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TOM TERRIFIC AND HIS MYSTIC TALENT
Pat Jordan
July 24, 1972
The pitching wonders he works did not come swiftly or naturally to Seaver; in fact, the modesty of his skill was the making of the man
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July 24, 1972

Tom Terrific And His Mystic Talent

The pitching wonders he works did not come swiftly or naturally to Seaver; in fact, the modesty of his skill was the making of the man

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In one year Seaver's fastball became explosive. When USC's baseball team scrimmaged the Los Angeles Dodgers, Seaver found himself pitching successfully against major league hitters when only three years before he had been having difficulty retiring high school hitters. Major league teams now began scouting him. He eventually signed with the Milwaukee Braves, who lost him shortly thereafter because of a contract irregularity to the New York Mets.

By now Seaver was as complete a pitcher as was possible for a man his age. He possessed not only superior speed, but stamina, control and self-discipline; unlike most young pitchers he would not have to spend valuable time in the future acquiring them. In fact, he possessed them to such a degree that within two years of his signing he would win 16 games for the 10th-place Mets, be voted to the National League All-Star team (to which he has been selected every year he has been in the majors), be the National League Rookie of the Year and two years later be voted the Cy Young Award as the best pitcher in the league. Today, Seaver is generally acclaimed by baseball professionals as the best pitcher currently in the game. And some now say he is the best ever.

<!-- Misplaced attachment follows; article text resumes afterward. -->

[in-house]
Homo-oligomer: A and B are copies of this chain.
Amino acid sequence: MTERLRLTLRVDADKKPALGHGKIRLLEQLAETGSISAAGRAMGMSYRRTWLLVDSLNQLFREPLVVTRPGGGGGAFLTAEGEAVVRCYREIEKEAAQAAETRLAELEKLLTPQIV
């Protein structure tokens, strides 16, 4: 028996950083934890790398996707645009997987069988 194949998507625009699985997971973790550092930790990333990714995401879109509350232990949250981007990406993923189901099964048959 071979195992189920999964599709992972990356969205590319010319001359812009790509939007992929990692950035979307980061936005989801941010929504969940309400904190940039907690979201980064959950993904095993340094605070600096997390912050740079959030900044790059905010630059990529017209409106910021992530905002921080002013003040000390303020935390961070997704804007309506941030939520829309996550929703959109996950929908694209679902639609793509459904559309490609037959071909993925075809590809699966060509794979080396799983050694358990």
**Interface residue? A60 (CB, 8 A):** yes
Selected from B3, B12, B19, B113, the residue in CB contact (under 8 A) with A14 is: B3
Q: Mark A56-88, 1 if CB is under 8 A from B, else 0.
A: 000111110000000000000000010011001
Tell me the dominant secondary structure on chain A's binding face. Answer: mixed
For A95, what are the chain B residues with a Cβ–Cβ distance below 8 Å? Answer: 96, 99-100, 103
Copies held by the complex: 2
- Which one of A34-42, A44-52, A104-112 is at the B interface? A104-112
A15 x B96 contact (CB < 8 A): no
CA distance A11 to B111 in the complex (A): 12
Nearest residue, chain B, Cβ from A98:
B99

"I appreciate my talent more than most," says Seaver. "I had to put a lot of hard work into it. Some guys never know the gift they have." And because his talent is more conscious creation than gift, because it is his by acquisition, not inheritance, Seaver possesses it, rather than is possessed by it. He has a greater understanding of what it is; of how he acquired it; of how he should retain it; and, most important, of how he should continue to refine it.

On April 21 this year Seaver defeated the Chicago Cubs 2-0 for his second shutout victory in as many starts in a season that was just a week old. His opponent was Burt Hooton, the 22-year-old rookie who had pitched a no-hit, no-run game five days before. Against Seaver, Hooton was impressive. In seven innings, he allowed the Mets six hits and struck out nine with his baffling knuckle curve. He issued three bases on balls. Hooton's performance could best be described as that superior effort which, when produced against Seaver, is just enough to reward its producer with internal satisfaction and a graceful loss. Seaver had been better. He allowed the Cubs four singles while striking out nine. His brilliant performance received less attention than did Hooton's, since it is of the kind one expects from him these days. But it was astonishing when one considers that it had come shortly after Gil Hodges' death, after a prolonged strike during which Seaver was preoccupied as his team's player representative, after a succession of inactive days that had interrupted his accustomed schedule and after an unpleasant spring training during which he experienced the first sore arm of his career. Yet, Seaver's fine performance was not surprising to those who knew the meticulousness with which he had prepared for it.

Two nights before, he had been scheduled to pitch against the Expos in Montreal. The game was rained out, and he was rescheduled to pitch against Hooton and the Cubs on the 21st. When the Mets returned to New York the night of the 19th, most of the players went directly home from LaGuardia Airport. Seaver, however, got a ride on the team bus to Shea Stadium, which was deserted and in darkness. He went directly to the locker room, put on his uniform, filled a bucket with baseballs and began the long walk across the diamond to the right-field bullpen. He moved with his graceless and plodding plowman's walk, his weight falling on his heels and his head listing to his right as if, with each ensuing step, it might collapse upon his shoulder. When Seaver reached the bullpen he stepped onto the warmup mound and began throwing baseball after baseball against the screen behind the plate. His throwing was illuminated only by the lights from the parking lot. He warmed up quickly but carefully in the mild night air. He was accompanied only by the sounds of his own exertion, and of baseballs plunking against the screen and dropping softly to the ground.